US6199341 *Feb 23, 1999Mar 13, 2001Bethlehem Steel CorporationConnection for a lightweight steel frame system
US7070376 *Aug 9, 2000Jul 4, 2006Simpson Strong-Tie Company, Inc.Self-drilling, self-anchoring fastener for concrete
US7234888 *Apr 20, 2004Jun 26, 2007General Motors CorporationArrangements for anchoring items to automotive framing components
US7255523Dec 22, 2005Aug 14, 2007Prime Source Building Products, Inc.Dual threaded screw for composite materials
US7329077 *Apr 20, 2005Feb 12, 2008Curtis David A WFastener apparatus for roofing and steel building construction
US7597518Oct 11, 2007Oct 6, 2009Curtis David A WFastener apparatus for roofing and steel building construction
US7612995 *Feb 22, 2006Nov 3, 2009Asustek Computer Inc.Shockproof locking assembly device
US7682118 *Apr 4, 2008Mar 23, 2010Illinois Tool Works Inc.Threaded screw fastener with multiple characteristic threads
US7963732Apr 24, 2008Jun 21, 2011Triangle Fastener CorporationThreaded fastener
US8141318Oct 1, 2008Mar 27, 2012Illinois Tool Works, Inc.Metal roof truss having generally S-shaped web members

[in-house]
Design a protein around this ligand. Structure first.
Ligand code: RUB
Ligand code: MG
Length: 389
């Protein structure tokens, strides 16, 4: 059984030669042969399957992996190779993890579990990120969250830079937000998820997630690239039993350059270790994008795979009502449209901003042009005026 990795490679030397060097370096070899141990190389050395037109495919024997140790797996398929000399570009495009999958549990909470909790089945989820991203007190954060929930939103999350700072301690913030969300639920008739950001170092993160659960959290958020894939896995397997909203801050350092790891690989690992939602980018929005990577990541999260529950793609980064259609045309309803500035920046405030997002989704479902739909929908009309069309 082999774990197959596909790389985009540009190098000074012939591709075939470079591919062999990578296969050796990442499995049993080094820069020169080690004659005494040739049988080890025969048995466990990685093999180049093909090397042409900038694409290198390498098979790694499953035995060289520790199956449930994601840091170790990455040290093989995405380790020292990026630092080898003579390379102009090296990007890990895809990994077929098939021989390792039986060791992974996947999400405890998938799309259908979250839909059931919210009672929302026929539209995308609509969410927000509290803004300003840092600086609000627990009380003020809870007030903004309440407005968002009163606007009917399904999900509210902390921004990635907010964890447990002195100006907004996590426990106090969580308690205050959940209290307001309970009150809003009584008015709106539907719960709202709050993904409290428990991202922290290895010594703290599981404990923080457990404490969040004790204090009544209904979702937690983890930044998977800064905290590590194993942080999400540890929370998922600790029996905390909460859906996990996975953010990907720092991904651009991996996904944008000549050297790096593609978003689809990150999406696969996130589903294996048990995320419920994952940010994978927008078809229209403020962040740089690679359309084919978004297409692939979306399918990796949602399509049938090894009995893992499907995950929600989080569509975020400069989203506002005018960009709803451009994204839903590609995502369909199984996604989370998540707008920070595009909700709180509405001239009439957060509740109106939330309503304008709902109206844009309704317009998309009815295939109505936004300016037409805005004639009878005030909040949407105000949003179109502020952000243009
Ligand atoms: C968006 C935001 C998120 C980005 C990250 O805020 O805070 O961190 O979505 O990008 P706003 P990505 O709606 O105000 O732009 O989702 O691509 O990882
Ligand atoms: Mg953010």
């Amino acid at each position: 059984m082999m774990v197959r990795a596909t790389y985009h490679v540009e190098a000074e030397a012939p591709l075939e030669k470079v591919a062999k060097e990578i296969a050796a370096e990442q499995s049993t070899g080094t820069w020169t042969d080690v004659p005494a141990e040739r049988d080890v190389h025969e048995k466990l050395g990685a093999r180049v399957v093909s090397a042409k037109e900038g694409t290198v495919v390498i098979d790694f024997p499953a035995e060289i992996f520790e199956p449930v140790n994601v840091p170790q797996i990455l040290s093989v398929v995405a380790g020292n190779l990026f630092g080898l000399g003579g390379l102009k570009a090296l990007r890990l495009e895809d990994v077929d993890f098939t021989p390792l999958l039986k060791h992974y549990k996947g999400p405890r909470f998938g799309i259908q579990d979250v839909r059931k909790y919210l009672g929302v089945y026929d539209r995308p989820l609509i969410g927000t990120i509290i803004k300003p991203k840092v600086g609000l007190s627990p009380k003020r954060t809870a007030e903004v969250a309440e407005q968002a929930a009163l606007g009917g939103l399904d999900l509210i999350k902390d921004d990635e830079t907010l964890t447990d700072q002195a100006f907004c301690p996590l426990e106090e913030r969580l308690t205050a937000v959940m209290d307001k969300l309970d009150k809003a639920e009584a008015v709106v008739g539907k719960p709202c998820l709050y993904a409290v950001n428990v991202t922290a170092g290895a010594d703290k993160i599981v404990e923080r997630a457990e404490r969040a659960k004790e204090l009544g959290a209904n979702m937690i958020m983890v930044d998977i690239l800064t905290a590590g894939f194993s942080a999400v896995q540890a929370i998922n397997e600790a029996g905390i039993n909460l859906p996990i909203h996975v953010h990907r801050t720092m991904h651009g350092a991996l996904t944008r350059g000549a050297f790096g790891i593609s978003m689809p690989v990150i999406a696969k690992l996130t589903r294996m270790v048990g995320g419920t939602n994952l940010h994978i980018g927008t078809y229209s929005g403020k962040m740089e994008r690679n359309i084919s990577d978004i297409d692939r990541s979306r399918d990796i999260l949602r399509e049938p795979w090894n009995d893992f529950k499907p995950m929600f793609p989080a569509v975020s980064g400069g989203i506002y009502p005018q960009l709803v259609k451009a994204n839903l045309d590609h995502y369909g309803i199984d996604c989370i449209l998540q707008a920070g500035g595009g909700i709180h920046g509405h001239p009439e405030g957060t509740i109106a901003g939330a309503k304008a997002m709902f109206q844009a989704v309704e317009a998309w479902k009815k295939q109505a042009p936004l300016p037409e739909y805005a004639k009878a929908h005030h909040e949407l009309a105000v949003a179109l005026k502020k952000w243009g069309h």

US8360701Jun 10, 2011Jan 29, 2013Triangle Fastener CorporationThreaded fastener
US8419332 *Oct 20, 2008Apr 16, 2013Atlas Bolt & Screw Company LlcNon-dimpling fastener
US8529178Feb 18, 2011Sep 10, 2013Nucor CorporationWeldless building structures
US8636456Mar 13, 2013Jan 28, 2014Nucor CorporationWeldless building structures
EP1136173A1 *Dec 20, 1999Sep 26, 2001Kiyokazu KobayashiMethod of joining steel products, method of processing junction surfaces of steel products, and reinforcing member
WO2005053945A2 *Nov 3, 2004Jun 16, 2005California Marine TechnologiesFastener for fiberglass and other composite structures
Classifications
U.S. Classification52/639, 52/696, 411/387.1, 411/412
International ClassificationE04C3/04, F16B25/10, F16B5/02
Cooperative ClassificationF16B5/0275, E04C2003/0491, E04C3/04, F16B25/106
European ClassificationF16B5/02R, E04C3/04